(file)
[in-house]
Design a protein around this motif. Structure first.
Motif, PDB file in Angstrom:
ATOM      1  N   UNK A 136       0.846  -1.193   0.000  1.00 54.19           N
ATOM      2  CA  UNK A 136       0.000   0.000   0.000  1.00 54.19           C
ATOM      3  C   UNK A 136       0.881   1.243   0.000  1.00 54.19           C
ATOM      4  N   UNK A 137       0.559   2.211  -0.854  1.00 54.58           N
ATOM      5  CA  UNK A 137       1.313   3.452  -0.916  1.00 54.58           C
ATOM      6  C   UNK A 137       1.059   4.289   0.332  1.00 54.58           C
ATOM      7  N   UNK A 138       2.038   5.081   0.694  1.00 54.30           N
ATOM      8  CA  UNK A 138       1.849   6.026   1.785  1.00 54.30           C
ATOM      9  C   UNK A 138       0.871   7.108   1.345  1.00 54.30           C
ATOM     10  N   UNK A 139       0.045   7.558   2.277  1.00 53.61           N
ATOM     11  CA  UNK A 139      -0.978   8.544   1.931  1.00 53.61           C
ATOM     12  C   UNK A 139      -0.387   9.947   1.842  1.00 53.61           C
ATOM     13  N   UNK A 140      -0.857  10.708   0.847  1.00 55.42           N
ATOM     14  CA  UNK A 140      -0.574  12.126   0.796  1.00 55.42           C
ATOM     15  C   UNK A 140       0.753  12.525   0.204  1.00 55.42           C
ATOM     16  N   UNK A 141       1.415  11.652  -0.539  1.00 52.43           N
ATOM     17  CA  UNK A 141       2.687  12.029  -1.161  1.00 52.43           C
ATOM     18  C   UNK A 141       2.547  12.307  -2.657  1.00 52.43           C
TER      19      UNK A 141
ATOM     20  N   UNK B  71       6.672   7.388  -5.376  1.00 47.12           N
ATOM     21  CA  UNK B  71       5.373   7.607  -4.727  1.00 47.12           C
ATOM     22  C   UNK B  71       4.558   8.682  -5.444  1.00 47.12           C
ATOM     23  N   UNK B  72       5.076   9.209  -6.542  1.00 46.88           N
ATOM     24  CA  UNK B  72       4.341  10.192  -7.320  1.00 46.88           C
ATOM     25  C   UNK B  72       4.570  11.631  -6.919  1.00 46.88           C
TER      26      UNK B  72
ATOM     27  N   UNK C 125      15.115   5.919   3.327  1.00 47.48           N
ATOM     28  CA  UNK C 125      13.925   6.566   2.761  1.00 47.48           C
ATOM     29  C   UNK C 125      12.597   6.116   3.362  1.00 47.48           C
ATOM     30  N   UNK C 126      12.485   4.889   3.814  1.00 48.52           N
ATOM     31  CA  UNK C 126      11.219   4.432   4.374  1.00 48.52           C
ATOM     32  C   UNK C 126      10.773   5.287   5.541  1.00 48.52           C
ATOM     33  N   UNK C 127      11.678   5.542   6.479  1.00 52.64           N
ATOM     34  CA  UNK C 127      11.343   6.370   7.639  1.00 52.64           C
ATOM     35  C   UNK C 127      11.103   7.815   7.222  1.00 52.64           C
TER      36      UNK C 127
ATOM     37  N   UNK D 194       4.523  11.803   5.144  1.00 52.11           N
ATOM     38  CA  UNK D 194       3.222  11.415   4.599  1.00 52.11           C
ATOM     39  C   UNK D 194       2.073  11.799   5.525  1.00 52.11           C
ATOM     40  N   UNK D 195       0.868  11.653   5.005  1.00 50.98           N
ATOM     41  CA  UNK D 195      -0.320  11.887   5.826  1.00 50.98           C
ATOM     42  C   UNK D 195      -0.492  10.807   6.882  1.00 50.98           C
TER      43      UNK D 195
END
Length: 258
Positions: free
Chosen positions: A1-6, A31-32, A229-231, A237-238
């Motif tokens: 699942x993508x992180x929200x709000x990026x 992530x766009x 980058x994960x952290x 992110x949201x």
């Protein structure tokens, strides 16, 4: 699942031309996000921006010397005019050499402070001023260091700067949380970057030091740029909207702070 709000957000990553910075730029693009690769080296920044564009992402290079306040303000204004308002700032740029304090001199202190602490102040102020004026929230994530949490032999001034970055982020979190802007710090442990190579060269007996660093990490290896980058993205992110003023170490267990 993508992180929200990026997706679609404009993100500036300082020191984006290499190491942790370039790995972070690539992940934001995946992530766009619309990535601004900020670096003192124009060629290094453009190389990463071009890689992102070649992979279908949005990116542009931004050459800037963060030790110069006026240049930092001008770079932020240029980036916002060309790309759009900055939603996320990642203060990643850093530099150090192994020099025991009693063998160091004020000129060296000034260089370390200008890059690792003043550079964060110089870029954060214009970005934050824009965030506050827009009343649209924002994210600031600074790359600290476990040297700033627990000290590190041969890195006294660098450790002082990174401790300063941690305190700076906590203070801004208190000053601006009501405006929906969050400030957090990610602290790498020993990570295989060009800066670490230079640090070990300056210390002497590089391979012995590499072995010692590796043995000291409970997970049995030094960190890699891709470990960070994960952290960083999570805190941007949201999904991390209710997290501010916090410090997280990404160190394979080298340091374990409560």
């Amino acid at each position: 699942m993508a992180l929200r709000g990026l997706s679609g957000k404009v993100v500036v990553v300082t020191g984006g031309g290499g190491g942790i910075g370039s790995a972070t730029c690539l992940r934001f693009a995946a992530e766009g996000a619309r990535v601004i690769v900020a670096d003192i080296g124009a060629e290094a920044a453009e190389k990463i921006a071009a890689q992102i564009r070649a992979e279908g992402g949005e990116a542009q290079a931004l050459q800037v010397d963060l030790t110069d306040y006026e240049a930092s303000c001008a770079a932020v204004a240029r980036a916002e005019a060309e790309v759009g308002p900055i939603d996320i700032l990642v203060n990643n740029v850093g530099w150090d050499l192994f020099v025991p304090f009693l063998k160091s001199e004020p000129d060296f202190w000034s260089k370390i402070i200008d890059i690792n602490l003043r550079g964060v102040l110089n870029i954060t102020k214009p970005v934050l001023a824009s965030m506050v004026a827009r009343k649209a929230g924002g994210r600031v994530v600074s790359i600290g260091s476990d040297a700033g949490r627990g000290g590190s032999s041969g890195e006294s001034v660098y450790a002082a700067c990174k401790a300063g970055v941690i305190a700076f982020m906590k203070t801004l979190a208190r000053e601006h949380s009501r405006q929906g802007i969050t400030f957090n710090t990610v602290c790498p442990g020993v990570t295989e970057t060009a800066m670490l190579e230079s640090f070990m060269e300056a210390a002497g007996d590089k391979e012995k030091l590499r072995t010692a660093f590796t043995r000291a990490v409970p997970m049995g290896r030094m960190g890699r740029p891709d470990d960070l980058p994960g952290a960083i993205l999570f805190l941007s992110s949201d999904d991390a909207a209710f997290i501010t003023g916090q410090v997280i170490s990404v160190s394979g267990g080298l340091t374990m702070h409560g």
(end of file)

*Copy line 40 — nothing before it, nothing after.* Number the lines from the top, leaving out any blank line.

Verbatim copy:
ATOM     37  N   UNK D 194       4.523  11.803   5.144  1.00 52.11           N